3) I believe if you really take a look at their purpose in life, you'll see that this behavior is somewhat expected. They were created with a single purpose of mind, to serve their deity. They are ideologues at best, driven by what could be described as an instinct to serve. Proselytizing serves that purpose well. Even intelligent beings (they are average) lose sight of logic when driven by ideology. It may seem logical from the outside that they'd prefer to bring in more converts, but to them, the fact that they have 1 in hand is all that matters.

4) I was wondering about that, too. Some dev comments would be nice.

5) Another one I'm not sure how to handle. It seems to me that a party of good PCs would want to save her, which necessarily requires ending the domination. It'll be interesting to see how this plays out.

I've got a while before I'll have to worry about any of these beyond my cursory thoughts, so I may change my mind on them before we start (assuming we play this one).

Paizo Employee Managing Developer

Sorry I'm late on answers... I've been away at Gen Con and have been catching up on work things, but now I'm back so...

1) Taks has the right of it in the post above for the most part. Don't approach it with a cynical point of view that you are burdened with the task of exploring an island. Think of it as your character was among the most capable in the group to get to take on this kind of opportunity. The PCs weren't selected for the expedition because they were awesome millers or potters, after all. They were selected because they had something more impressive than labor in their backgrounds.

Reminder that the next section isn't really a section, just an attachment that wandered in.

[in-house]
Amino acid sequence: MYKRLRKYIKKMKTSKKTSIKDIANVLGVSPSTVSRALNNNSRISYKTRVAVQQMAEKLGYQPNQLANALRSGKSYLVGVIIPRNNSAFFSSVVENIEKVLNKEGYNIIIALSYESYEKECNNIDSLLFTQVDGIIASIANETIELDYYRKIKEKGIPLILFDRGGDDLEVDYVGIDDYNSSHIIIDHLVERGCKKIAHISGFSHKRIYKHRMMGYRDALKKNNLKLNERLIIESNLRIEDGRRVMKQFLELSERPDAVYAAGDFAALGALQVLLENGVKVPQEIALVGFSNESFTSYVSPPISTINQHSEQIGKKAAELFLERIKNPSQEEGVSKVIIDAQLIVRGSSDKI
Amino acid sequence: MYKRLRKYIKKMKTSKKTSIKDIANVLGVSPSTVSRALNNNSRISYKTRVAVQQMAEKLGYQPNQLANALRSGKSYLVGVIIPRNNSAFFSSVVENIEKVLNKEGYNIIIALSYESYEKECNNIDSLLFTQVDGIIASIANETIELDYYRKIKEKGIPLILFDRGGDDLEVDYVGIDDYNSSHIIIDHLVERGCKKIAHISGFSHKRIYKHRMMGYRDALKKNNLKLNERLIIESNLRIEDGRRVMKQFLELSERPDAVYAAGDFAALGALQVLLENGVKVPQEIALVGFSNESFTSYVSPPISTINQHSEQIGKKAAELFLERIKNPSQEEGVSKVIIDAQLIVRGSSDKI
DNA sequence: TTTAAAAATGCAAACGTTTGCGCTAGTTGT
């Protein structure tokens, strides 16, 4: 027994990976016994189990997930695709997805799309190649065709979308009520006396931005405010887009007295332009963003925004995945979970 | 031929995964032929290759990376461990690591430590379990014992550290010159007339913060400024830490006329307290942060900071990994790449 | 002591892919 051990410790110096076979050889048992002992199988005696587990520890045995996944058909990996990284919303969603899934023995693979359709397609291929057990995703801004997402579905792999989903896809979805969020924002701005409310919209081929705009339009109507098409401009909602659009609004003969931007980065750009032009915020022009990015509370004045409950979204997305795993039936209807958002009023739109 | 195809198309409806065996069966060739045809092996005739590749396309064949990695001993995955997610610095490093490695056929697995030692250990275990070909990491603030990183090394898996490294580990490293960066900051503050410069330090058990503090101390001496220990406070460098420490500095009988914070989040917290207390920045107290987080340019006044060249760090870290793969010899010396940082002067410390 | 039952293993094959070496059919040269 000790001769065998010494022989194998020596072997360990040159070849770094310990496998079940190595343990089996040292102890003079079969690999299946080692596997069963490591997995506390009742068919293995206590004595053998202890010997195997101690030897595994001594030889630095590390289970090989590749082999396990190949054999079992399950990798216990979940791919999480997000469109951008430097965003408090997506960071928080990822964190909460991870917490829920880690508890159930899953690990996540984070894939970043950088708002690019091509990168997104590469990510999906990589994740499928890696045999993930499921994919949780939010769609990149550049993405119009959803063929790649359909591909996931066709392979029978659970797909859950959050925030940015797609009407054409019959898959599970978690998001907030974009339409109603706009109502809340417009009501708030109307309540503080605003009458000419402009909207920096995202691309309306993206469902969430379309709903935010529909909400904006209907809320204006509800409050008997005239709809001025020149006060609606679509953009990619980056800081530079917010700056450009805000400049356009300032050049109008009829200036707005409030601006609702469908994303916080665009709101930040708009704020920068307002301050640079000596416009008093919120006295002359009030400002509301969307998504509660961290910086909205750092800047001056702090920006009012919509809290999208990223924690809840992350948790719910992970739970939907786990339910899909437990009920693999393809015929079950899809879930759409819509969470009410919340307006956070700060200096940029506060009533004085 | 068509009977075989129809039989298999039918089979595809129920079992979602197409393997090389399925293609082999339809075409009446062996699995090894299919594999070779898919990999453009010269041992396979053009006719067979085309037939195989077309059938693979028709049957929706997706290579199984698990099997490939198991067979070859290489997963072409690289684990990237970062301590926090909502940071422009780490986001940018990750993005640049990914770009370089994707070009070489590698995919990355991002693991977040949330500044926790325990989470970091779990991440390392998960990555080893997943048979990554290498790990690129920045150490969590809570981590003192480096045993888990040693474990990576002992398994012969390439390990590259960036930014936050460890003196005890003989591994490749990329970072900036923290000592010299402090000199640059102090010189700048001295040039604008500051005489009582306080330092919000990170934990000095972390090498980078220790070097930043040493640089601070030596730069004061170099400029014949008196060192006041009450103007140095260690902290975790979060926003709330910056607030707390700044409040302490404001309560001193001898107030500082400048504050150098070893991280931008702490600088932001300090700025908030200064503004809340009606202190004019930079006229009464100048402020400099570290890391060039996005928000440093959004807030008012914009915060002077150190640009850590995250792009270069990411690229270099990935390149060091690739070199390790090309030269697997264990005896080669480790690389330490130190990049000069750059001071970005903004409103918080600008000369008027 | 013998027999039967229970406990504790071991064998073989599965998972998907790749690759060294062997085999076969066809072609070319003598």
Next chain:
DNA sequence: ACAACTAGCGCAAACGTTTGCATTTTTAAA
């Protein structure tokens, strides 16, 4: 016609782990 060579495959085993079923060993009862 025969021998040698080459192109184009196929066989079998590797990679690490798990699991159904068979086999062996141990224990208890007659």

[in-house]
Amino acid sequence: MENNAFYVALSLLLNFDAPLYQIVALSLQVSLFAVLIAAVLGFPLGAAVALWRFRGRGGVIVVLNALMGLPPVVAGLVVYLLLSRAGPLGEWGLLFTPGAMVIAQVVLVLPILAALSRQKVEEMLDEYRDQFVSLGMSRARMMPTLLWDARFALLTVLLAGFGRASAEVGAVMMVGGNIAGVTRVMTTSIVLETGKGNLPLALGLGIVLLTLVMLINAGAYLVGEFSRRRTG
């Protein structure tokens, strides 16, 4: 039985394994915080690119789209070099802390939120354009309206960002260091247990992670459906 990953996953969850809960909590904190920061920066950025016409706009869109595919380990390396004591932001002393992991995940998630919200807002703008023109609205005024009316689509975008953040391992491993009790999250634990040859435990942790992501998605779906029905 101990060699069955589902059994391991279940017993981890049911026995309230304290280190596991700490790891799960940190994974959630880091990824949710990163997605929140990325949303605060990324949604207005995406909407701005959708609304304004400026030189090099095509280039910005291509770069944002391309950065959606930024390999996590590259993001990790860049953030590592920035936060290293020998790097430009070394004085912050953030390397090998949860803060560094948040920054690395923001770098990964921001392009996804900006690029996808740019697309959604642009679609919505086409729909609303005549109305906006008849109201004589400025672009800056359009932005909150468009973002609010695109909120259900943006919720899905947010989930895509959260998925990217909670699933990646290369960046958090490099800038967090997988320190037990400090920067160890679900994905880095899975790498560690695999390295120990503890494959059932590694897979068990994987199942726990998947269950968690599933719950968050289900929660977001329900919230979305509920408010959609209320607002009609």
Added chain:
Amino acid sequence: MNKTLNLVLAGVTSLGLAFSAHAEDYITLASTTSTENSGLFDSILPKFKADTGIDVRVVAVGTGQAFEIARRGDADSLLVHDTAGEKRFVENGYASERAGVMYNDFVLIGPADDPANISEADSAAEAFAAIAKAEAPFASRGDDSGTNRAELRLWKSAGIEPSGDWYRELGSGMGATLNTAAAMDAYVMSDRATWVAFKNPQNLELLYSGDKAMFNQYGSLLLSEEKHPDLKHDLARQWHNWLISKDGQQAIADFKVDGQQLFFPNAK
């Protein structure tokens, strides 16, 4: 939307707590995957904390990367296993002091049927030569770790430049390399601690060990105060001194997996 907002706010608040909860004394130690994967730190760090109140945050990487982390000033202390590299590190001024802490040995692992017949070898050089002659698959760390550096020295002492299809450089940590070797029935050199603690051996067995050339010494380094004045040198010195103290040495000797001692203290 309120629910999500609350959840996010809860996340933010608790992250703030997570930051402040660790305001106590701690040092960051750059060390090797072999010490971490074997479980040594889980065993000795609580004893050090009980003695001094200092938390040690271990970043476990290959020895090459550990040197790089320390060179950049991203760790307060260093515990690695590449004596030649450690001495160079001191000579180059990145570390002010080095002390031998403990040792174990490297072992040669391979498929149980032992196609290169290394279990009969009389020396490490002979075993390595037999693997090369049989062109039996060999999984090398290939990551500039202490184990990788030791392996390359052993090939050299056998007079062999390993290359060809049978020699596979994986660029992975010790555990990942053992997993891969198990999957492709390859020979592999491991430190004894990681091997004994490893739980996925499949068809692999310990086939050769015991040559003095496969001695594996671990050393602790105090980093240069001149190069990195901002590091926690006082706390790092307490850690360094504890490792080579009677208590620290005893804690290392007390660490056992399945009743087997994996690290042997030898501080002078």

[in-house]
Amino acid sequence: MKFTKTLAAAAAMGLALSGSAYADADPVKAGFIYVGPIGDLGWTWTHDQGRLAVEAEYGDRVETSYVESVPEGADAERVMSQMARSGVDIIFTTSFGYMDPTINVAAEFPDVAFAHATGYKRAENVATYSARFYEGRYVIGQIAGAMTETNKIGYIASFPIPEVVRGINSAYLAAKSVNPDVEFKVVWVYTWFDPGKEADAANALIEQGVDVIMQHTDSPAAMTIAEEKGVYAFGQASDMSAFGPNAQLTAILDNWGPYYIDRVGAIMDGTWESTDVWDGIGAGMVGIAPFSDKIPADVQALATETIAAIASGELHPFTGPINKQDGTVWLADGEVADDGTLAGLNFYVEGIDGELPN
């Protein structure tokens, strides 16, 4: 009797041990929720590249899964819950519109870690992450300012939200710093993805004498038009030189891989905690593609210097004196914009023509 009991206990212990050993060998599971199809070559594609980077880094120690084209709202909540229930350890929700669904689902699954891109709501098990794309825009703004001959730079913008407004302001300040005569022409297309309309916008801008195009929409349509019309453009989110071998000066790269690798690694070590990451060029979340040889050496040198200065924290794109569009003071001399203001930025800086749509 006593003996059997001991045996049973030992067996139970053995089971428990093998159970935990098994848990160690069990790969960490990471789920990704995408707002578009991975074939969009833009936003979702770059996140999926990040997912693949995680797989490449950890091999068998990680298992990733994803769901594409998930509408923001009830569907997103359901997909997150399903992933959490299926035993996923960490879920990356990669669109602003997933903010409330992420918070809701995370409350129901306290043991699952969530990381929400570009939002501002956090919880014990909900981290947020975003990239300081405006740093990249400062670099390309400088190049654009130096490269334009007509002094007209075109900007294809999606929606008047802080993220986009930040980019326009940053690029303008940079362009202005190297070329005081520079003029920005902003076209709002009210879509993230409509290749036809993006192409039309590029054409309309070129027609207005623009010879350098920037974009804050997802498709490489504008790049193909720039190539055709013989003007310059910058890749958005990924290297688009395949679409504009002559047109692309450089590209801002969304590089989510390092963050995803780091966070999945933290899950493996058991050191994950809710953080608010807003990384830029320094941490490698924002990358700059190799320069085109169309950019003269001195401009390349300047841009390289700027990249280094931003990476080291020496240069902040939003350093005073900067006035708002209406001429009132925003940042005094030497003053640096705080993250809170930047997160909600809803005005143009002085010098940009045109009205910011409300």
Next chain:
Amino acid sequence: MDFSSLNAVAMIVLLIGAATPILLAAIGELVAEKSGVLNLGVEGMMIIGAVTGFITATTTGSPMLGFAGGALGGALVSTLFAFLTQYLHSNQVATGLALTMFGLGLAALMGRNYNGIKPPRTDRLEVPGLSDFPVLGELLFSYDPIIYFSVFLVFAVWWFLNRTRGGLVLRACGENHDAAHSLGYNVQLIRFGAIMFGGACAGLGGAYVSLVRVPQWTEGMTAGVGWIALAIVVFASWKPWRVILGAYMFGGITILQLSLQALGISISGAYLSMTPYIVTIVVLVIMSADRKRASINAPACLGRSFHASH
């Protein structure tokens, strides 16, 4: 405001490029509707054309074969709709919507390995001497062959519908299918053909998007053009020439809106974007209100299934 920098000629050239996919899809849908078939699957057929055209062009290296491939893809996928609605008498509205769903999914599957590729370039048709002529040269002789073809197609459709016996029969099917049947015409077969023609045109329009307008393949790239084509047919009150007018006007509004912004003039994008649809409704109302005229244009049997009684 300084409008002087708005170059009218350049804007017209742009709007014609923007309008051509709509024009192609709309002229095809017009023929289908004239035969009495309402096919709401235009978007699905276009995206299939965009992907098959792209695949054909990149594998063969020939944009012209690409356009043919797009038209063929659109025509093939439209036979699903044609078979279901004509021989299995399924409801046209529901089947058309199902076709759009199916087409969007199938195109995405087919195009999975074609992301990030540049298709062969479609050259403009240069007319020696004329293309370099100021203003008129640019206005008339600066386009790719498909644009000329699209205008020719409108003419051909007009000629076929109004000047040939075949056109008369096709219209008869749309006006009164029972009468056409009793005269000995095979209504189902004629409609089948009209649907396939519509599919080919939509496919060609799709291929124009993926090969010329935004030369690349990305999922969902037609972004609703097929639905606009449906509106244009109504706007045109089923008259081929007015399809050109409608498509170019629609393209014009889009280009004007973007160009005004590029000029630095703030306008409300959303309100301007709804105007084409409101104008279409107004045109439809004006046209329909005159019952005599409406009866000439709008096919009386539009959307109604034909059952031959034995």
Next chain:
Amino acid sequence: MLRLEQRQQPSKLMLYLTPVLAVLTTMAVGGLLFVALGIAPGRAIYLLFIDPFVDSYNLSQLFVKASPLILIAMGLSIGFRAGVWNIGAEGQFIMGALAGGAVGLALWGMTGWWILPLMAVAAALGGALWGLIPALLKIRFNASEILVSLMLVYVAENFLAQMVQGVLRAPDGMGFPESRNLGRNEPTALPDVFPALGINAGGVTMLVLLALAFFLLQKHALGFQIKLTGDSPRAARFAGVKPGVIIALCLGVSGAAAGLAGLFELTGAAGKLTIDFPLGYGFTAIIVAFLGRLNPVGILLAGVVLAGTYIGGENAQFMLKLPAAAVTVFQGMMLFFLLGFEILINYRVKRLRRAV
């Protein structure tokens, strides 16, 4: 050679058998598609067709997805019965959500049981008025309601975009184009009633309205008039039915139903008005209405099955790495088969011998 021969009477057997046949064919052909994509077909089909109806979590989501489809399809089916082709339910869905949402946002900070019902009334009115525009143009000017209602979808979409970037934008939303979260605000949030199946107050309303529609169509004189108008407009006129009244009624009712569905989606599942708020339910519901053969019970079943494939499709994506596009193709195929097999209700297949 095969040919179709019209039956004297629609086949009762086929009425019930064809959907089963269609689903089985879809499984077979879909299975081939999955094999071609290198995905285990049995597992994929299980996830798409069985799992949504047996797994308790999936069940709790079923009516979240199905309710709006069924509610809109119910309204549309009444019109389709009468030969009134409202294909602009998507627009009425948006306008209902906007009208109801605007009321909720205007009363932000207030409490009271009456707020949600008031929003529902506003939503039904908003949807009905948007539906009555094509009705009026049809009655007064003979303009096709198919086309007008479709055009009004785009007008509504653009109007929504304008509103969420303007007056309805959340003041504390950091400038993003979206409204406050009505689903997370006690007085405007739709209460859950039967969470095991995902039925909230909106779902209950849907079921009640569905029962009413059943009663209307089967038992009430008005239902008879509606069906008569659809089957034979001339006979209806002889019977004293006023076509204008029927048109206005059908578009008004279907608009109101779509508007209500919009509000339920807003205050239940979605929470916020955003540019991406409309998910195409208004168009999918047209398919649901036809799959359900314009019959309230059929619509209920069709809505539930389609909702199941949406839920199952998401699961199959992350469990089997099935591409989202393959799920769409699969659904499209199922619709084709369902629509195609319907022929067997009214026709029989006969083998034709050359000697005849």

2) Again, taks is on point here. The campaign wasn't written for the PCs to get into colony management. It's intended to be a vehicle for adventure. I also didn't develop it thinking that PCs wanted to oust a leader and take it over, but if a group wants to approach it that way they can. They just have to do a little more work.

3) While intelligent, celedons are very much focused on one particular task as part of their creation and they don't deviate from that. They can make their own decisions, but their focus is the dominant part of their personality. I can imagine an encounter or story where a celedon deviates from this, but that's not the point of the encounter mentioned. It's there to feed the PCs lore and give the PCs a chance to learn more about Acavna (and by default, ancient Azlant) in a cooler way than just reading a bunch of old stuff in a book.

4) "Beyond the scope of this adventure" is a long-used code phrase letting the GM know, "Hey, I don't have the space to detail this, and since it's only a rare possibility it will even happen and pretty inconsequential, make up whatever you want that fits your particular telling of this story." It's not likely that Jazradan would get the chance to do this, but since he has the ability to manipulate some of the other Azlanti constructs, it seemed reasonable that he'd have the ability to do so with the warden jack swarm. He would likely get it to follow the PCs and spy on them, but probably wouldn't want them hurt until he learns more about them, their power, and their motivations. The swarm could follow the PCs into the tower, as long as it didn't hae to deal with stairs.